Virginia may look to deploy the same attack early as it did a week ago against BC, attacking downfield and over the middle with the passing game in order to slow the rush and keep the secondary honest and out of the run support.
If the Cavaliers are successful, then Ron Prince may look to the inside running attack. But Virginia's offensive coordinator can't stop there. Prince needs to mix the run and pass, using play-action after establishing a moderately successful running game. The Cavs will also need to get creative by using screens and draws to attack the aggressive Seminole defense.
This game requires Prince's best coaching effort ever. It is not impossible to run on the Seminoles. Virginia posted 140 yards on a BC defense that was second in the nation. Miami, BC and Wake all put up 300 yards of total offense against Florida State and the 'Canes and Eagles had some success in the air. But the 'Hoos must find ways to limit the rush on Hagans without relying on maximum protection sets, while finding running lanes on the inside.
Two other keys. While the Cavaliers must be aggressive in the passing game, they must keep drives alive, keep the FSU offense off the field and, most importantly, convert EVERY opportunity in the red zone into touchdowns.
Florida State Offense vs. Virginia Defense
Like with the defense, Bobby Bowden is showing that he's willing to change his offense. The end of the Chris Rix experiment also ended a four-year stint in which the Seminole offense could have appropriately been called vanilla by FSU standards.
While some Seminole fans are concerned about the rushing attack, they shouldn't be. It's true that FSU is averaging fewer yards rushing per game this season than last year and that the backs are getting fewer touches. But they are averaging 8.6 yards per touch compared to 6.3 last season and the backs are getting more touches in the passing attack.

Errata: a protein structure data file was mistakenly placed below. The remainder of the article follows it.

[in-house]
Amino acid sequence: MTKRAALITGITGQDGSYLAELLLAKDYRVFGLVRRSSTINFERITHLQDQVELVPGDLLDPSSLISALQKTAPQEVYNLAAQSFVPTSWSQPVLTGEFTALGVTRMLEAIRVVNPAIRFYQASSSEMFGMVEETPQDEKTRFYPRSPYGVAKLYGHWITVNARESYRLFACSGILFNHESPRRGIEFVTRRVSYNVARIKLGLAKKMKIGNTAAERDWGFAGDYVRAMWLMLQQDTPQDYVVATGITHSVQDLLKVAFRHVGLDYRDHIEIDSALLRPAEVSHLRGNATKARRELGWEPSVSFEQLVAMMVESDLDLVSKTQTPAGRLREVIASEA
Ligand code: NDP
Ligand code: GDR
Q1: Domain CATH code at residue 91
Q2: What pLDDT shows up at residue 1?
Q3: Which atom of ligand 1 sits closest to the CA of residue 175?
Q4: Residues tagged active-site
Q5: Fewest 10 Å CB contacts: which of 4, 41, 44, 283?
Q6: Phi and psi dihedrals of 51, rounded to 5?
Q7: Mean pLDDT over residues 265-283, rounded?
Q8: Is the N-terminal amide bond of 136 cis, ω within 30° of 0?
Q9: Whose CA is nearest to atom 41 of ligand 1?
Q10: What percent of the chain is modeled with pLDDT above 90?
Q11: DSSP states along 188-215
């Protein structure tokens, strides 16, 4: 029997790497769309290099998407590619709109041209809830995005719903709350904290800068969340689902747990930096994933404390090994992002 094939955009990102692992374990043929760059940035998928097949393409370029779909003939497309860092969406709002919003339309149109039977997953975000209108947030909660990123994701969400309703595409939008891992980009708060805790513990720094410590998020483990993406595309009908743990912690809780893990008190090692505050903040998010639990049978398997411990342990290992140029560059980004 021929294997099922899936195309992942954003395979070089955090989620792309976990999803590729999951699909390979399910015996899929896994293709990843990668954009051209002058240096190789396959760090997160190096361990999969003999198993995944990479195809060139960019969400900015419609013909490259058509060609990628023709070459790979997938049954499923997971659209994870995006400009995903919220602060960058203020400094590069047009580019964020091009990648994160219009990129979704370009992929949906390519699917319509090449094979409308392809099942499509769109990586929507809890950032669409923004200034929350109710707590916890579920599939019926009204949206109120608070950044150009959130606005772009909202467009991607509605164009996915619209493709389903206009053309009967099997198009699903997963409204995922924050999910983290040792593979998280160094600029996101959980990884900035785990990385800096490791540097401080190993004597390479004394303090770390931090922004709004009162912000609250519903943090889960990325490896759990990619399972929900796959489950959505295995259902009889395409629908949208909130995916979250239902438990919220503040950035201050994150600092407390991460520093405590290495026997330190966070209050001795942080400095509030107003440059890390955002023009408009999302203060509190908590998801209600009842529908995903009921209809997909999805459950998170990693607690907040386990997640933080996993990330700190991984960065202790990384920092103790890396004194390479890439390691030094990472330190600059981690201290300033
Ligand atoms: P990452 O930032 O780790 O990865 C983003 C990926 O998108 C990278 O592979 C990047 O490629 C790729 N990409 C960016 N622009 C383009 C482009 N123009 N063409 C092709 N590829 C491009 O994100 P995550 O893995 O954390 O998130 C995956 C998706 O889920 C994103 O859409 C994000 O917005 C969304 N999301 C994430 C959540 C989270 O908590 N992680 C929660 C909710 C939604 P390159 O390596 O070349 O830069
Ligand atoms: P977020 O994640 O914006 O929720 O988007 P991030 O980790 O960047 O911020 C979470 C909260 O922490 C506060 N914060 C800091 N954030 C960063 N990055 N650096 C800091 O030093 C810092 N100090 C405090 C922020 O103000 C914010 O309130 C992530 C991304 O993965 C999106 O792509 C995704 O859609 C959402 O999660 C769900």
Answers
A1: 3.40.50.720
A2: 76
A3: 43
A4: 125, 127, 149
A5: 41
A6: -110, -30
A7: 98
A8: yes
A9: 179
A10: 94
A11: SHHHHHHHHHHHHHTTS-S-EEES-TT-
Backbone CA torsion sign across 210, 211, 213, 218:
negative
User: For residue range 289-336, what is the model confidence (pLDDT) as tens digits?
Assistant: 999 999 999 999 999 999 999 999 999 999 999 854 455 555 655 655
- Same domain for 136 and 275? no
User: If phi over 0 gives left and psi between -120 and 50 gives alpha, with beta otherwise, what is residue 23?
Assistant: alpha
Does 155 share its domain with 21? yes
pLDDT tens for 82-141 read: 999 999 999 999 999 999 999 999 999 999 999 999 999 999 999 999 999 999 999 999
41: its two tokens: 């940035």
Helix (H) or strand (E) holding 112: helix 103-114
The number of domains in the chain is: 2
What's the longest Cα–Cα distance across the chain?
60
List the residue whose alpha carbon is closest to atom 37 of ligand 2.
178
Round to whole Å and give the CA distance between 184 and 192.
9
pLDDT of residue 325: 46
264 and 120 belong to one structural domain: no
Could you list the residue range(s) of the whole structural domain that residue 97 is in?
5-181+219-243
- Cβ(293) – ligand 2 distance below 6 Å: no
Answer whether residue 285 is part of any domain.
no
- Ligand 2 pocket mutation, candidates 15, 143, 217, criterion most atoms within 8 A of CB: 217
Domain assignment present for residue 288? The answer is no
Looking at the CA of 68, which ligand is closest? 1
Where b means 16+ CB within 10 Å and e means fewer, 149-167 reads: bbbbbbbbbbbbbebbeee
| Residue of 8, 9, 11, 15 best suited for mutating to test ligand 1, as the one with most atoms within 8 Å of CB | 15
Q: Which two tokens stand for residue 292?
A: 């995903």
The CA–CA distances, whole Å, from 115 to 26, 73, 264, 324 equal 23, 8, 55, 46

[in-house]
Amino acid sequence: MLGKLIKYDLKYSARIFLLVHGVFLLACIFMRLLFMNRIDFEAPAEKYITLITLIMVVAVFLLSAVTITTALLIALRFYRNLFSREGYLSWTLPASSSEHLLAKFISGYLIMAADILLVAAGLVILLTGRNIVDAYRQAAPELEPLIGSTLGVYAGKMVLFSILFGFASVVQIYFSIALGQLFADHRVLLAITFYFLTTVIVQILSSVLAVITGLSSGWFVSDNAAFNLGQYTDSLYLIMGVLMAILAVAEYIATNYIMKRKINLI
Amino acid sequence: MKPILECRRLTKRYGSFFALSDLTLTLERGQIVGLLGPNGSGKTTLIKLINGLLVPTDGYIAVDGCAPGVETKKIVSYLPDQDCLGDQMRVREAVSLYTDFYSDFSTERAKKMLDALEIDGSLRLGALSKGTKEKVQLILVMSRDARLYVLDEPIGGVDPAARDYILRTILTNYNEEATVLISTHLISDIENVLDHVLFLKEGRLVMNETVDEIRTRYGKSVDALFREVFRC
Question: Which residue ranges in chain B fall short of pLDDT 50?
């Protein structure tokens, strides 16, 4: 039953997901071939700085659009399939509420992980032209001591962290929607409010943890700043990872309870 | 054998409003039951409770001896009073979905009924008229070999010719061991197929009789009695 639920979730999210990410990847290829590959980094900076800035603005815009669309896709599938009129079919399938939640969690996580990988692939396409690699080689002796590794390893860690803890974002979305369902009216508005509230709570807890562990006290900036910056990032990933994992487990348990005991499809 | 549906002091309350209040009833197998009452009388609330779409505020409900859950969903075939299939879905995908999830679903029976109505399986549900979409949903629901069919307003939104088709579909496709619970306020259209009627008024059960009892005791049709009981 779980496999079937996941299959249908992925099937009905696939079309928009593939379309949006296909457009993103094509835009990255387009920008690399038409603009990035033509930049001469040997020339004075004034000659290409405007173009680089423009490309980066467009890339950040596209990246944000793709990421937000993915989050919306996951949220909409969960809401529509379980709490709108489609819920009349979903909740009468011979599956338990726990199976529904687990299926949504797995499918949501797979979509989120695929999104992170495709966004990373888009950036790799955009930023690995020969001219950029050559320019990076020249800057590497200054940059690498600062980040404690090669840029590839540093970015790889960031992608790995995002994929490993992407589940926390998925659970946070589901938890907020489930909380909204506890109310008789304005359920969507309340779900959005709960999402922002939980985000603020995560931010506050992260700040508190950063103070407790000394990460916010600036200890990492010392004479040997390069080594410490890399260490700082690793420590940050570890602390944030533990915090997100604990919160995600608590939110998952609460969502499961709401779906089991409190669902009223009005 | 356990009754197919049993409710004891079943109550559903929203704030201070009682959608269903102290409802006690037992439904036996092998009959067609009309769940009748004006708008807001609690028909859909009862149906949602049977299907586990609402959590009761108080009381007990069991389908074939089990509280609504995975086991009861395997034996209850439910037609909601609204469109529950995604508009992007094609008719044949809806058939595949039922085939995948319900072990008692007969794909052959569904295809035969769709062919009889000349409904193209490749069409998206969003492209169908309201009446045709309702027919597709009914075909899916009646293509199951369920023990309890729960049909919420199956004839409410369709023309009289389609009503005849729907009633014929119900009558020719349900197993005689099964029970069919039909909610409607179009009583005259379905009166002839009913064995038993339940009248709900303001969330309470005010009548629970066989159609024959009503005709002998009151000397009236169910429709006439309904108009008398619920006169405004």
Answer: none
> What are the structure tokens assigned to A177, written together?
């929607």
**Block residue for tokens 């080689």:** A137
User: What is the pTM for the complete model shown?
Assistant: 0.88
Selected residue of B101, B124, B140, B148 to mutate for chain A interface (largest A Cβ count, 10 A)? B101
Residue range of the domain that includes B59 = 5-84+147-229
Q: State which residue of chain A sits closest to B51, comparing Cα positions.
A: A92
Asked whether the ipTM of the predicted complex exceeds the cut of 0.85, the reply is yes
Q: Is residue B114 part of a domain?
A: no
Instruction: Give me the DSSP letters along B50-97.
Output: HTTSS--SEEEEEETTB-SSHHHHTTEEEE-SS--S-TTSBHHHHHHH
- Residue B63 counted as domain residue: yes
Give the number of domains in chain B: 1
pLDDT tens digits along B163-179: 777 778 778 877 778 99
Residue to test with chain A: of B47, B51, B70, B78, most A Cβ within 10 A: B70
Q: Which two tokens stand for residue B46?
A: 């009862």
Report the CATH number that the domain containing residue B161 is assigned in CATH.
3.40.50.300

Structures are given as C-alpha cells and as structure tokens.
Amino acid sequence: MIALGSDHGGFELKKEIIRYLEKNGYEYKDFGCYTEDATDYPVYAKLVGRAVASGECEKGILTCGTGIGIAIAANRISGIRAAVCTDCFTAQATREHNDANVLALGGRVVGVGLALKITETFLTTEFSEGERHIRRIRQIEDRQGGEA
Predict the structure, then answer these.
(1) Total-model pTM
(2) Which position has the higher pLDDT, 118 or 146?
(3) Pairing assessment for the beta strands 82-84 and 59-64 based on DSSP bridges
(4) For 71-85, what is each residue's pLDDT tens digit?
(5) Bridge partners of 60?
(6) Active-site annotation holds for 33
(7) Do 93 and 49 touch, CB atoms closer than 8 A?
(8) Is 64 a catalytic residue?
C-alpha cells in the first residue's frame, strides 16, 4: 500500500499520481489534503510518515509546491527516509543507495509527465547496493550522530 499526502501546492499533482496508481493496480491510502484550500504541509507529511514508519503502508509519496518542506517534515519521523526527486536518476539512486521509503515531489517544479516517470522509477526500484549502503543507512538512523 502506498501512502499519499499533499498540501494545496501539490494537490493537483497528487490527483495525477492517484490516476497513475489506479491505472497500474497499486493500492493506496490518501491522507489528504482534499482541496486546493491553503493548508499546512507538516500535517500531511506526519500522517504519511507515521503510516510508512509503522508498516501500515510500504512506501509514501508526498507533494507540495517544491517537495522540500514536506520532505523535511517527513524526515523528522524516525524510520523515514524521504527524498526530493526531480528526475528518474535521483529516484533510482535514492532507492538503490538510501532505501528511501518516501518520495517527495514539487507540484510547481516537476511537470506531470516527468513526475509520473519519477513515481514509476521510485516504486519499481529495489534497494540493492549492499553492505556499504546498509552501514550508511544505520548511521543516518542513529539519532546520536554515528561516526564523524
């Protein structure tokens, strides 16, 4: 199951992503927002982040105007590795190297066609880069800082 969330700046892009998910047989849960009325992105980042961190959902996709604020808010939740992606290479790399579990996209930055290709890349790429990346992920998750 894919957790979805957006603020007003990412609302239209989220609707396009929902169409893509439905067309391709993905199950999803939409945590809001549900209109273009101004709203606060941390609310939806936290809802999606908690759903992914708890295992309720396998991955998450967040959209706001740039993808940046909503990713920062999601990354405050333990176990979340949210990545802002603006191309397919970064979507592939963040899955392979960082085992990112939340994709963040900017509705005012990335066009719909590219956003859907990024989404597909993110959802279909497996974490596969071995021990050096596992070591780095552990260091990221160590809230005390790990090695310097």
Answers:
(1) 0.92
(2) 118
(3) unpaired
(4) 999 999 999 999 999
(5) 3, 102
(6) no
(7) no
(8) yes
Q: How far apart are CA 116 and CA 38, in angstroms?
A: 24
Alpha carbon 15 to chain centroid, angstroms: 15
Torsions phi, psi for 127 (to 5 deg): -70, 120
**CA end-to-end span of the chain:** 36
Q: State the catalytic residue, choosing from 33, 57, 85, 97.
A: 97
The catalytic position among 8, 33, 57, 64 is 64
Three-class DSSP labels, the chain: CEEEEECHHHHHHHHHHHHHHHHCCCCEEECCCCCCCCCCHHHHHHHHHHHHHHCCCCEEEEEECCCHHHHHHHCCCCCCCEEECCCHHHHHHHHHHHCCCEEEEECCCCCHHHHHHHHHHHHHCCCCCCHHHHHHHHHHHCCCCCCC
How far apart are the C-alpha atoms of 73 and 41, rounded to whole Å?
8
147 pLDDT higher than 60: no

The passing game overall is becoming dominant. The 'Noles have passed for 1,581 yards this season (15.1 yards per reception) compared to just 892 (9.8 YPC) through five games last season. The offensive success is a surprise considering the relative youth of the offense and the fact that three of the 'Noles' first four opponents had defenses that were ranked highly.
With the addition of former Marshall offensive coordinator Mark McHale as offensive line coach, a very predictable FSU offense over the last three or four years once again resembles the high-octane attack the Seminoles were known for in the 90's.
McHale completely revamped the offensive line system and this unit, considered one of the biggest question marks as the 'Noles entered 2005, has exceeded expectations. Under the new line system and with a four-wide spread offense, the passing game has flourished through the first five games. FSU currently leads the ACC in passing offense, averaging 316.2 yards per game. The Marshall influence and McGill's input as part of the offensive game planning is clearly evident. Freshman quarterback Drew Weatherford had his best game as a Seminole last week against Wake Forest, going 20 of 31 for 351 yards and three touchdowns.
The new spread offense is opening running and passing lanes for Seminole running backs. The four-wide system has involved tailbacks Lorenzo Booker and Leon Washington more in the passing offense to take advantage of their speed and elusiveness in space. Booker and Washington have combined for 24 receptions and 314 yards. Both have delivered with long receptions, including a 61-yard screen for a touchdown for Washington and a 72-yard screen reception for Booker.
And here's a scary thought - some are suggesting this may be the best group of receivers ever at FSU. And they will be around for a while. Nearly half of the team's receiving yards and touchdowns have come from freshmen and sophomores. Last Saturday against Wake Forest, four of FSU's five touchdowns were recorded by freshmen.
Even though the passing game has been superb, I would be surprised if the Seminoles did not come out and run the ball against Virginia as they have done successfully for the last three years.
So how does a defense that has been giving up yardage in chunks defend the ACC's #2 scoring offense and #1 passing and total offense?
One thing that might slow the Seminoles is the loss of senior offensive guard Matt Meinrod, who dislocated his ankle and fractured his fibula against Wake Forest. John Frady will start in his place at right guard.
Everyone has tried to make FSU's rookie quarterback and young receivers beat them, and they have. There's really little to lose in focusing on stopping the pass and trying to limit the running game with a four-man front.